Case study

Apprentice early years practitioner — Declan Hoskins

After completing the Modern Apprenticeship in Social Services (Children and Young People), Declan is now doing the Technical Apprenticeship in Social Services (Children and Young People) while working as third in charge at Bright Horizons' The Treehouse Early Care and Education Centre at Robert Gordon University (RGU) in Aberdeen

Why did you decide to do a Modern Apprenticeship?

When I received the results for my Scottish Highers, I was a little disappointed with my grades. Although I'd planned to go straight to the University of Aberdeen to study primary education, my results led me to consider an alternative path. However, once I started looking into apprenticeships, it was clear that it might be better suited to what I wanted to achieve in the long term, which was to progress to senior level within a nursery.

Through the Modern Apprenticeship, I had the opportunity to gain hands-on experience at work. Reflecting on my learning every day meant that I was constantly building on my skills. I would never have gained the same insights into child development without doing the qualification while I was working.

How did you find and apply for your apprenticeship?

I found the apprenticeship with Bright Horizons through my apprenticeship training provider, Aberlour Futures. After I submitted my application, I was connected with Bright Horizons.

How did the Modern Apprenticeship work?

It took me around 16 months to complete and involved working in the nursery full time while completing self-study outside of working hours.

Due to the confidence my colleagues had in my ability since the beginning of my apprenticeship, my responsibilities have been fairly similar throughout my time at Bright Horizons, from being an apprentice to qualifying.

I'm responsible for providing relevant learning experiences for the children, ensuring observations are carried out and working in partnership with both parents and my colleagues to create the best possible environment for the children.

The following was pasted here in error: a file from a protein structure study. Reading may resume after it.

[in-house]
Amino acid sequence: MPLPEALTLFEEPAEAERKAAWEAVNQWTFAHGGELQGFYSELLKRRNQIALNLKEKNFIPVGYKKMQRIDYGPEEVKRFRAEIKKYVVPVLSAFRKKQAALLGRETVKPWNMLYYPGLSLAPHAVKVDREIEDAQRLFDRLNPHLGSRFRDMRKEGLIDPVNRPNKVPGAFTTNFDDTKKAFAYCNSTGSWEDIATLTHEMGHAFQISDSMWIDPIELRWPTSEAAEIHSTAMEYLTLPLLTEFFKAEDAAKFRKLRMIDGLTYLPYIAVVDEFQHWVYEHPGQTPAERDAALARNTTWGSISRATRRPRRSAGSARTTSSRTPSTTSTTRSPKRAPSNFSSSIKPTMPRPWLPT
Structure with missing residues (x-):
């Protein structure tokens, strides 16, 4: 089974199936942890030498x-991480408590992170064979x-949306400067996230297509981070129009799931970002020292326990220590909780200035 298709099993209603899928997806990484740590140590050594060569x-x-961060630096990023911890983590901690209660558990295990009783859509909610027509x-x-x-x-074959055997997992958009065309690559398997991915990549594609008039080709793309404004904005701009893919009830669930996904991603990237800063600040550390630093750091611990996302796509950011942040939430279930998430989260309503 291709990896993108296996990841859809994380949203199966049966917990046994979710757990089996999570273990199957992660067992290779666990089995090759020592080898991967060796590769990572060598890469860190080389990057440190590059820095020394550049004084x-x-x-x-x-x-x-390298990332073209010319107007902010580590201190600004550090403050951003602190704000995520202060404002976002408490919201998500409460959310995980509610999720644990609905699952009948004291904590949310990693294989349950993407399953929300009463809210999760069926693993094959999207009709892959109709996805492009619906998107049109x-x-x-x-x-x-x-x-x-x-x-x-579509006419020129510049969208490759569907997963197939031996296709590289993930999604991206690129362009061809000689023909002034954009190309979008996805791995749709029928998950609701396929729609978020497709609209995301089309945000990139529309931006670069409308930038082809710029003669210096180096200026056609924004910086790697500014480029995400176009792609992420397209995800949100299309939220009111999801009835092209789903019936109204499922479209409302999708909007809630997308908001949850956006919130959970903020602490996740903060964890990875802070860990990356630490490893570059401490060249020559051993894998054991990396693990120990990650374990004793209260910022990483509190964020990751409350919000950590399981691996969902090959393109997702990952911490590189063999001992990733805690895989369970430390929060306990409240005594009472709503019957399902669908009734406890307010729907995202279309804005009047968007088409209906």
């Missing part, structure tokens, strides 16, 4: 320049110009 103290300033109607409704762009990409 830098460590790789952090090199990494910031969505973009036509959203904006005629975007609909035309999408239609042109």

What did you enjoy about your apprenticeship?

Gaining real-world experience of working in a nursery is invaluable to your professional development in the early years sector.

The nature of my role meant that I was involved in numerous aspects of the day-to-day running of the nursery, which gave me more insight into the modules I was completing as part of my study. I think this made transitioning to my role as a fully-qualified nursery practitioner much easier, as I was far more confident in my abilities.

What did you find the most challenging?

Finding the time to manage your studies can be difficult but it's part and parcel of the apprenticeship. As you progress, you'll learn to manage your time more effectively and the knowledge you develop from being in the nursery full time far outweighs any negatives of arranging the study time.

How has your role developed and what are your career ambitions?

My role in the nursery has developed dramatically since I joined almost six years ago. I'm now third in charge, leading my own room which involves managing the routines for the children in my room.

I work closely with the nursery manager and deputy manager on the day-to-day running of the nursery, working together to ensure we're providing the best possible care and experience for the children.

I recently won 'Apprentice Ambassador of the Year' at the Scottish Apprenticeship Awards for my work in mentoring foundation apprentice school pupils. I would like to continue my work in supporting apprentices in their training as I know first-hand how important a solid support network is.

I'm also planning to study the BA in Childhood Practice after I've completed my technical apprenticeship.

What advice would you give to others considering the apprenticeship route instead of university?

  • Don't be afraid to take a different route to what you'd originally planned - everything always works out in the end and you may end up in a better role than you could've imagined.
  • Make the most of the support available - being part of a team and having people who believed in me really improved my confidence. Reach out to your colleagues or your manager if you're struggling with anything and remember that everyone wants to see you succeed.
  • Have confidence and believe in yourself - I learned far more in a hands-on role than I would have at university, propelling me into a senior role within the nursery at a young age. Everything becomes natural to you before you're qualified, allowing you to take those steps earlier on in your career.

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